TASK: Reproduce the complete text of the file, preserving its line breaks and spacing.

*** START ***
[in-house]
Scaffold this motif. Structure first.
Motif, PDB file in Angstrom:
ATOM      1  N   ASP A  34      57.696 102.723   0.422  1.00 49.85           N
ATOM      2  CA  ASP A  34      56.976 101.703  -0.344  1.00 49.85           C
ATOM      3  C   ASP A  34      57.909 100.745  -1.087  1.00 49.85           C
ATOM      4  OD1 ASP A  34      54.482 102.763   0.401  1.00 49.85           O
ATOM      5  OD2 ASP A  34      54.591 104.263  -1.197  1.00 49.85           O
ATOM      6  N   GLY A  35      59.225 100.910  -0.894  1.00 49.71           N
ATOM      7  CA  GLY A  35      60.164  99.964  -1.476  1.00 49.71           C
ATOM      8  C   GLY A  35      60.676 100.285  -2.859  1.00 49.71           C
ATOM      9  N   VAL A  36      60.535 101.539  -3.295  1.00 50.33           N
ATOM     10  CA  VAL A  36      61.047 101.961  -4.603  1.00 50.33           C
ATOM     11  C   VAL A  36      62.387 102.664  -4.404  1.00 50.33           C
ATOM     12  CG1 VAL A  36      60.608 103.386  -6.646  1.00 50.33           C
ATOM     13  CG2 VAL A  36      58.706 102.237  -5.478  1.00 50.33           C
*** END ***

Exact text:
[in-house]
Scaffold this motif. Structure first.
Motif, PDB file in Angstrom:
ATOM      1  N   ASP A  34      57.696 102.723   0.422  1.00 49.85           N
ATOM      2  CA  ASP A  34      56.976 101.703  -0.344  1.00 49.85           C
ATOM      3  C   ASP A  34      57.909 100.745  -1.087  1.00 49.85           C
ATOM      4  OD1 ASP A  34      54.482 102.763   0.401  1.00 49.85           O
ATOM      5  OD2 ASP A  34      54.591 104.263  -1.197  1.00 49.85           O
ATOM      6  N   GLY A  35      59.225 100.910  -0.894  1.00 49.71           N
ATOM      7  CA  GLY A  35      60.164  99.964  -1.476  1.00 49.71           C
ATOM      8  C   GLY A  35      60.676 100.285  -2.859  1.00 49.71           C
ATOM      9  N   VAL A  36      60.535 101.539  -3.295  1.00 50.33           N
ATOM     10  CA  VAL A  36      61.047 101.961  -4.603  1.00 50.33           C
ATOM     11  C   VAL A  36      62.387 102.664  -4.404  1.00 50.33           C
ATOM     12  CG1 VAL A  36      60.608 103.386  -6.646  1.00 50.33           C
ATOM     13  CG2 VAL A  36      58.706 102.237  -5.478  1.00 50.33           C